A dozen raised cherry-pickers
in a lit yard at dusk, in a circle:
you might say, a concentration,
a conclave, an acclaim

whereas this dump of dayglo
bollards and cones, like an off-
handed cast of I Ching: a mishmash,
an abandonment, a disdain.

What’s the plural of many, when what
we make turns to itself, without us,
come into its own? Not hoards now
but hordes of the things.

By Portway Docks we pass a fair field full
of auto-opportunities, sans number plates,
all blandish, brand and gleam
and less identity

than the emperor’s porcelain army,
each of which possessed at least
(was possessed by) a face.
Your face, it could be,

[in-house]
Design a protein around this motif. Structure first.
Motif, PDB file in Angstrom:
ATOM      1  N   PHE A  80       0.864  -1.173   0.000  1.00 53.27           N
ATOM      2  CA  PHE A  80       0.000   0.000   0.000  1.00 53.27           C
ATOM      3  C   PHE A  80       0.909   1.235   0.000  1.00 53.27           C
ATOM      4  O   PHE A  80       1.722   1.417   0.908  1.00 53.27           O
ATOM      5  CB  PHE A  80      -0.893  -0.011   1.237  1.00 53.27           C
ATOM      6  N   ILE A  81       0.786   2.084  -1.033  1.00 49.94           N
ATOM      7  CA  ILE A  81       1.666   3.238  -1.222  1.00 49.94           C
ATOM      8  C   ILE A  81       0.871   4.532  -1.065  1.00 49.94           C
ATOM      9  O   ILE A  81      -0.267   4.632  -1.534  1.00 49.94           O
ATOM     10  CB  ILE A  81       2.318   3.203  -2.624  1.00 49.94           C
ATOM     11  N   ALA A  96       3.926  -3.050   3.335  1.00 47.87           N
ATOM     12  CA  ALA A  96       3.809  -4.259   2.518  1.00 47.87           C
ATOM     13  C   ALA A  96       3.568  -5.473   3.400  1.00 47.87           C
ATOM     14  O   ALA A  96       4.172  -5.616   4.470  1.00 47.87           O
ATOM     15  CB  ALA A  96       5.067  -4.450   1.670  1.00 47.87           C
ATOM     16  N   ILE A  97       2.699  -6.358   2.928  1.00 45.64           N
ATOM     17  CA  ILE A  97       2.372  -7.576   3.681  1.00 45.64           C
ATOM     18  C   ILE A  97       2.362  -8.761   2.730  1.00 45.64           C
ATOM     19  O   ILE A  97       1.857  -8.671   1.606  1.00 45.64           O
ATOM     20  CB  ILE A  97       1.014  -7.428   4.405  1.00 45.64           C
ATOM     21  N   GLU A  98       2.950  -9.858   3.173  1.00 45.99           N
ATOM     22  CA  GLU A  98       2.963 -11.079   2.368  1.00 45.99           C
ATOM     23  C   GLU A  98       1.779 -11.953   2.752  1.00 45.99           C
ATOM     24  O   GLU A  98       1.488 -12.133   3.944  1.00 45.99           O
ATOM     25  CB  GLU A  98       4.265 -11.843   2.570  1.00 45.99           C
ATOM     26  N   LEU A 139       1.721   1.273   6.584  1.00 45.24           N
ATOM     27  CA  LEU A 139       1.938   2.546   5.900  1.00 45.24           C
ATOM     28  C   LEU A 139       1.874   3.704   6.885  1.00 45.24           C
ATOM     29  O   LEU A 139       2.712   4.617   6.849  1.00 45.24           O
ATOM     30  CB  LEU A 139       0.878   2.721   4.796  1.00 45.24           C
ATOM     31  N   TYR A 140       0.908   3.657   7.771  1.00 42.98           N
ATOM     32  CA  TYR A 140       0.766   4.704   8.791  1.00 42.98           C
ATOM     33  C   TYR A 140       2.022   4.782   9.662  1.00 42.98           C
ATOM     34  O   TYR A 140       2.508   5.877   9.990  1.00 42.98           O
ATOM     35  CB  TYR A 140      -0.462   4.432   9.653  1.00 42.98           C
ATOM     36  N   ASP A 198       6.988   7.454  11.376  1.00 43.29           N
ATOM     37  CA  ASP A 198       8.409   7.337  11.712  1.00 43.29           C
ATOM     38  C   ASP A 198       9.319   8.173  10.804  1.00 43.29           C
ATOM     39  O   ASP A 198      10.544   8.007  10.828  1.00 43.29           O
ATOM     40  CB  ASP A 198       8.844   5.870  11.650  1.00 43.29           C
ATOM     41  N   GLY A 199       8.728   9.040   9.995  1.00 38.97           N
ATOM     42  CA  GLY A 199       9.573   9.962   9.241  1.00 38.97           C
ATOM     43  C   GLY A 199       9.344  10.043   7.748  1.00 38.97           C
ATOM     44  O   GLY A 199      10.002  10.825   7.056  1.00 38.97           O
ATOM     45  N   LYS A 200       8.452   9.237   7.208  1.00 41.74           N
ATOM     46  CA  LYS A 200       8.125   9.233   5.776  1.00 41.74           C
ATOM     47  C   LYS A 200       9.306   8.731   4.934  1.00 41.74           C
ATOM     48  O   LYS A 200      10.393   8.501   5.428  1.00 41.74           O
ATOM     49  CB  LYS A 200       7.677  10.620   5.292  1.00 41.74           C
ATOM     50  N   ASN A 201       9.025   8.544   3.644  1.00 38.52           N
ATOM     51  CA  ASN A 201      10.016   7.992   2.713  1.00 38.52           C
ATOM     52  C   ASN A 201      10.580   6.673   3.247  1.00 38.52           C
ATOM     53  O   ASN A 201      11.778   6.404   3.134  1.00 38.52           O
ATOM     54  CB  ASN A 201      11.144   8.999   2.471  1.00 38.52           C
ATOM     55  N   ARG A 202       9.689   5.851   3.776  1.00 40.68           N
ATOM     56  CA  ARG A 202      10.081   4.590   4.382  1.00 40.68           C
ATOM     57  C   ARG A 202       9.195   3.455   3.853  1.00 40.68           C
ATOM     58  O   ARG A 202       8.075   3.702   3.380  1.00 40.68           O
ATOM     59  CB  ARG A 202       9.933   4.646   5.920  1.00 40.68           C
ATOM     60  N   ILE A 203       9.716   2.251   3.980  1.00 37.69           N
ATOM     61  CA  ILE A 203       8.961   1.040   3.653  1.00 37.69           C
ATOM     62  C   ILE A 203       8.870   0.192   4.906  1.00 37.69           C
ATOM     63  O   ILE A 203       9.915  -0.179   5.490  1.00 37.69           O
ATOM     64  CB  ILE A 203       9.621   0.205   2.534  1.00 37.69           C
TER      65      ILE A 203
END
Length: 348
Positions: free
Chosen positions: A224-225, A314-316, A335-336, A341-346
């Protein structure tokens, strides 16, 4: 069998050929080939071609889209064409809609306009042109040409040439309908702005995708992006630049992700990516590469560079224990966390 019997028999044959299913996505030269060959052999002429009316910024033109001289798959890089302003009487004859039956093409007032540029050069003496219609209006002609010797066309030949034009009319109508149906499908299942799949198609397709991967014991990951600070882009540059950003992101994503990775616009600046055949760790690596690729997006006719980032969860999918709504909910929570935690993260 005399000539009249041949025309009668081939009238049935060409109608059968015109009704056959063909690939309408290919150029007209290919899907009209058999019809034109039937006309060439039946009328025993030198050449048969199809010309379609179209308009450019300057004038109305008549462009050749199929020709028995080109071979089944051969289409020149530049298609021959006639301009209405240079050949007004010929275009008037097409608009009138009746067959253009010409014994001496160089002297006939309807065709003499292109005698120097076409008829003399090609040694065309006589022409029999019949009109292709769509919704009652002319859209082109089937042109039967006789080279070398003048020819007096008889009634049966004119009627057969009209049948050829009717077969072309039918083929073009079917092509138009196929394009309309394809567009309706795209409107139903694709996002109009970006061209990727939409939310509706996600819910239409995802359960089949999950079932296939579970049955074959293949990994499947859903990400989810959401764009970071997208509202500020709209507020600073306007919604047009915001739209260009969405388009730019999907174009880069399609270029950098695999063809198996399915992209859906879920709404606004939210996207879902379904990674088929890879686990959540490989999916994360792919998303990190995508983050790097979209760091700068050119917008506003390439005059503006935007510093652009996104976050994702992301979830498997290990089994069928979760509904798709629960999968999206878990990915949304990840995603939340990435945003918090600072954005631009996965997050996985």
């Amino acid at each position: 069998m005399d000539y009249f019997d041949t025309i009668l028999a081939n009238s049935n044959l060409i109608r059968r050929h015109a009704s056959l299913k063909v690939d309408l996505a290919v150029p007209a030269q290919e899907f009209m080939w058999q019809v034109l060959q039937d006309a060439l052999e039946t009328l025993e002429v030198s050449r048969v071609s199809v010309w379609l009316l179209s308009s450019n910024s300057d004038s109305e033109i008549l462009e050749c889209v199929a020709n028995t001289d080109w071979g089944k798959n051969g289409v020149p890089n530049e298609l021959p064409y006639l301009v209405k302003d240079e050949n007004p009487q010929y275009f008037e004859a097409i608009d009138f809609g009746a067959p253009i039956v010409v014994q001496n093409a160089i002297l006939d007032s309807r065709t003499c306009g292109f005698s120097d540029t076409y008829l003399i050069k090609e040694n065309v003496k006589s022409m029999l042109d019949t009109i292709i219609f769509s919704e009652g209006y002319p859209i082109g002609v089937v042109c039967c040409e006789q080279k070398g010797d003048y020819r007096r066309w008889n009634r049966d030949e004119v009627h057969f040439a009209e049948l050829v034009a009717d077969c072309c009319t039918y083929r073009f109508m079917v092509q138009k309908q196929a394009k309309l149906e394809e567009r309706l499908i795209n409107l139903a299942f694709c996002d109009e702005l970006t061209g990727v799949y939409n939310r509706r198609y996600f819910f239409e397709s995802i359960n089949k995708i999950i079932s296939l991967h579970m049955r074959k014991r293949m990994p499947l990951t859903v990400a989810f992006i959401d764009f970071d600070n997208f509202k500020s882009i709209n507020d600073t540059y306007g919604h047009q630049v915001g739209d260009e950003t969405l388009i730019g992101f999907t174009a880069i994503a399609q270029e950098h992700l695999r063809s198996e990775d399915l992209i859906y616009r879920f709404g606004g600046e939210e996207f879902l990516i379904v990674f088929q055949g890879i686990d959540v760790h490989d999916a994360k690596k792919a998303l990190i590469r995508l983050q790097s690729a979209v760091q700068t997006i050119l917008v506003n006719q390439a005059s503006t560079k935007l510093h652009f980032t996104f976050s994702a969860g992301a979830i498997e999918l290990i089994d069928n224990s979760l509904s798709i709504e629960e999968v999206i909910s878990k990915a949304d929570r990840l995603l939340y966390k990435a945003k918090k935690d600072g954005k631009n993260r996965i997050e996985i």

in the windscreen, yours and mine.
Our names on a green surtitle. Drive
carefully. Abundance glimpsed
in passing like a mile-

long TV showroom window flickering
in slightly differing widths and tones
and definitions. So our things
become us, we

them. Do what they do. Smile.

Dearest reader! Our newsletter!

Sign up to our newsletter for the latest content, freebies, news and competition updates, right to your inbox. From the oldest literary periodical in the UK.

You can unsubscribe any time by clicking the link in the footer of any email you receive from us, or directly on info@thelondonmagazine.org. Find our privacy policies and terms of use at the bottom of our website.
SUBSCRIBE